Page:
Ken Tracy and FDR

Ken Tracy celebrates his victory on Election Night, June 5. (Chris Huber/Republic)

Ken Tracy has been mayor of Mitchell for 77 days.

You’re forgiven if it seems much longer. Tracy has been a busy man, and Mitchell has seen a truly amazing run of activity. Monday night, the City Council authorized issuing $13.9 million in bonds for four major projects that could impact the city for decades.

Since Tracy took office after winning a six-candidate race for mayor, steps have been taken to expand and improve the Corn Palace, build an impressive new city hall at the south entry to downtown, add a second sheet of ice at the Mitchell Activities Center, as well as expanding and updating the Mitchell Public Library.

That’s where the $13.9 million will go, and almost assuredly more than that.

The city will have 25 years to pay it back at a very low interest rate. Other projects are coming off the books, sales tax revenue is on pace for a record year and studies are to be released next week on how to provide more housing while disclosing how Mitchell and area residents earn their incomes.

A building boom is predicted by the chamber’s top official, Bryan Hisel, who also said more jobs are being added to the city economy.

Tracy, a retired state employee, was a council veteran before filling the mayor’s chair after Lou Sebert retired from public life. Sebert served two terms marked in the end by public rejections of city decisions, including adding a city manager, converting three streets to two-way traffic, and offering off-sale alcohol on Sundays.

Of course, big steps on these projects were taken and the city’s finances improved despite a rocky time in the national economy. Give Sebert credit for manning the helm when that happened. But Tracy has taken control and led the council, and the city, have no doubt of that.

During the campaign, Tracy, 65, said he was ready for the promotion and the challenge. Since he became mayor, he has teamed with Council President Jeff Smith, whom he has known and worked with for years, the rest of the council and an experienced city staff to create all these plans and progress. It’s one of the most vital periods in city history.

Oh, and Tracy also showed up during the Traffic Commission meeting before the start of the council meeting Monday to call for a ban on texting and driving in the city. Smith then asked to have it added it to the commission agenda for Oct. 15.

That’s all. There hasn’t been any proposals to pave Main Street with corn-colored squares, double the size of Lake Mitchell or annex Mount Vernon.

Yet. I’ll check on those in the morning.

Franklin Delano Roosevelt took dramatic action when he was sworn in as president in 1933. Since then, presidents are always assessed on what they accomplish in their first 100 days.

Tracy still has 23 days to go. What’s next?

One thought on “Ken Tracy and FDR

  1. Hey Tom, I am all for progress and moving Mitchell foward, but the 13.9 million dollars should be spent in areas that will bring people to town and increase tax revenues for the city.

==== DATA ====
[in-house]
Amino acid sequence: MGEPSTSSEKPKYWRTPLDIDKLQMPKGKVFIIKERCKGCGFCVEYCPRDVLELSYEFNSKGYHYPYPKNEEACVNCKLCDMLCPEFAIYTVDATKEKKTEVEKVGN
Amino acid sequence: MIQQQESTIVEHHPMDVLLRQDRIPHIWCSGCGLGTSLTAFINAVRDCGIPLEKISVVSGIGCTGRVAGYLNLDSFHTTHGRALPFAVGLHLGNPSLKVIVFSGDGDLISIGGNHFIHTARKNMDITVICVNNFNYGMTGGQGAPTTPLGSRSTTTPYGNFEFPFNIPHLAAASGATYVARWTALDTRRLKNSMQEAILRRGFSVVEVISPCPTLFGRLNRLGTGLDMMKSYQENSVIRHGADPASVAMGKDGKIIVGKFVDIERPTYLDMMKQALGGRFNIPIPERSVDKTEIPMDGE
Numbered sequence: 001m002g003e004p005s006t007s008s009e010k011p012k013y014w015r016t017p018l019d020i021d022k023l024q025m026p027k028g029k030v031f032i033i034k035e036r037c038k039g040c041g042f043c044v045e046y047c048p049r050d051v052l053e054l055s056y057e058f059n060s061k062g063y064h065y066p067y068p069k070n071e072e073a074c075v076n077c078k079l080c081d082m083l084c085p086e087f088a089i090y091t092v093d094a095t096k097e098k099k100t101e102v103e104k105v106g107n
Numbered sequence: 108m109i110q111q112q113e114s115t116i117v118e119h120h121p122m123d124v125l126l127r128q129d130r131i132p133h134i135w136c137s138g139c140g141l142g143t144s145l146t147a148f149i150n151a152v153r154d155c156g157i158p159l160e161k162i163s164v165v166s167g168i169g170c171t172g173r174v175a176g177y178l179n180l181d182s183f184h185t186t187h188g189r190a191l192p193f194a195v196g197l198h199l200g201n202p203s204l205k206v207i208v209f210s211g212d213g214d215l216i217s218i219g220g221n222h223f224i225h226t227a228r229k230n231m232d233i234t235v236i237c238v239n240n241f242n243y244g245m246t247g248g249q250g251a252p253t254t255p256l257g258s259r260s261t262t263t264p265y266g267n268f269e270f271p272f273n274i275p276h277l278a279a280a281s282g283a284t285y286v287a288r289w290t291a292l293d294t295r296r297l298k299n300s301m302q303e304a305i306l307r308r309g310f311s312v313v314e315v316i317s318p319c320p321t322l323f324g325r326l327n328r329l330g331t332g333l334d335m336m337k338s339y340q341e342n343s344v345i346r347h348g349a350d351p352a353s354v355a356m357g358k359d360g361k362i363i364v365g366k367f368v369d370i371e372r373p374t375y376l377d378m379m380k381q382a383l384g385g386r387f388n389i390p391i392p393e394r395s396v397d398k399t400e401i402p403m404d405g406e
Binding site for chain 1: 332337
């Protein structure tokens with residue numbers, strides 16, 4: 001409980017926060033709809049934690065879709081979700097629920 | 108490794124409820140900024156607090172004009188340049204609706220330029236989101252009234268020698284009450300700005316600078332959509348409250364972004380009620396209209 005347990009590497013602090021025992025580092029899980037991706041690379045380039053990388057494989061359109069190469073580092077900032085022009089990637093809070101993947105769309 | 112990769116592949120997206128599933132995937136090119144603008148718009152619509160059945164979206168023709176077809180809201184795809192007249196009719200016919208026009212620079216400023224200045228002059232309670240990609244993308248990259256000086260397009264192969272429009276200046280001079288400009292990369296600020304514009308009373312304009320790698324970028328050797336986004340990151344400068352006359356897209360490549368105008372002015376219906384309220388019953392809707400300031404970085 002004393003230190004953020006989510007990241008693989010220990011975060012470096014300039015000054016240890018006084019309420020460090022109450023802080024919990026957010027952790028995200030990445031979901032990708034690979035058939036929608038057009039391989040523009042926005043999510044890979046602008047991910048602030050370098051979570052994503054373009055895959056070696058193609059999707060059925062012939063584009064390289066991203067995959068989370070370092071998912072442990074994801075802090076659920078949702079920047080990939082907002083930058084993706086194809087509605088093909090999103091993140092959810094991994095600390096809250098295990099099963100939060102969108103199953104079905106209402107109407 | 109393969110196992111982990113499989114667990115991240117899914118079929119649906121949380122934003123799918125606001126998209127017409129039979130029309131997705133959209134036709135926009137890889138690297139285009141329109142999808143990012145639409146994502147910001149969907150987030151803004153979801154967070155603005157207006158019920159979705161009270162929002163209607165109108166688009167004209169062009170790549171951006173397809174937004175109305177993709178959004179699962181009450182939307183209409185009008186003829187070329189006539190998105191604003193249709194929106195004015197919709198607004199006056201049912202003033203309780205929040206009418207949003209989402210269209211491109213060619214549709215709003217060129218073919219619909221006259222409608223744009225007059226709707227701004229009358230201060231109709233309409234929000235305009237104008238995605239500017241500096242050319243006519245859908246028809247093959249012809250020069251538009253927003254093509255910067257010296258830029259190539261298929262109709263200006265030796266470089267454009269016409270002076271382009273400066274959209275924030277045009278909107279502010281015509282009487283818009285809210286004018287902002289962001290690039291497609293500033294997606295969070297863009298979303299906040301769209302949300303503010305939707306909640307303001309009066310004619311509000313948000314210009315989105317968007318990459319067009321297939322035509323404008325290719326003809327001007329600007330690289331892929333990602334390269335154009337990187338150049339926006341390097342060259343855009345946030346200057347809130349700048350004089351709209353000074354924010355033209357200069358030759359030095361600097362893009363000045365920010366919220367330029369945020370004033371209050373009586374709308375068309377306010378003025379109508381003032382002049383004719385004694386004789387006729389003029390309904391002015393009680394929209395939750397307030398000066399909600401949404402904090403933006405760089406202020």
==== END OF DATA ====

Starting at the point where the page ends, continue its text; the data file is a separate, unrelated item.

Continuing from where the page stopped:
Removing ceiling tiles in the corn palace at the cost of one million dollars will not bring more people to the corn palace. Building another gym next to the Corn Palace while tuning the upstairs gym into a museum doesn’t make sense to me. Also, putting in an elevator makes little sense when there is already handicap seating.

    These are mainly the same people that wanted to expand the Palace at a cost of 35-42 million dollars.
    I don’t think the same people that wanted to spend millions should continue making decisions for the future of the Corn Palace.
    Instead of spending millions on the above, why not switch out the soft seats for larger more comfortable seating along with more leg room between the rows.

    We have a beautiful facility that needs to be enhanced from the outside. During tourist season people don’t want to spend all their time indoors. Tom you are in tune of what has happened to Rapid Cities main street.

    I have talked to many hockey players, parents, and coaches and my understanding is that they need another practice facility. Well, that does not bring more revenue to Mitchell. Just as building a new events center will not bring HS state tournaments to Mitchell.

    The city has some control issues with DWU. They want to be exclusive and separate from the college. Big mistake that will cost the taxpayers dearly.

    Why would the city walk away from 10 million from the college. I would be happy to debate anyone on this issue. This would be a great story for you Tom.

    A new wellness center partnered with the colleges, Avera, Sandford? and the city will benefit the city as a whole. Let’s talk about real investment in our great city. A wellness center will generate millions of dollars for are community every year.

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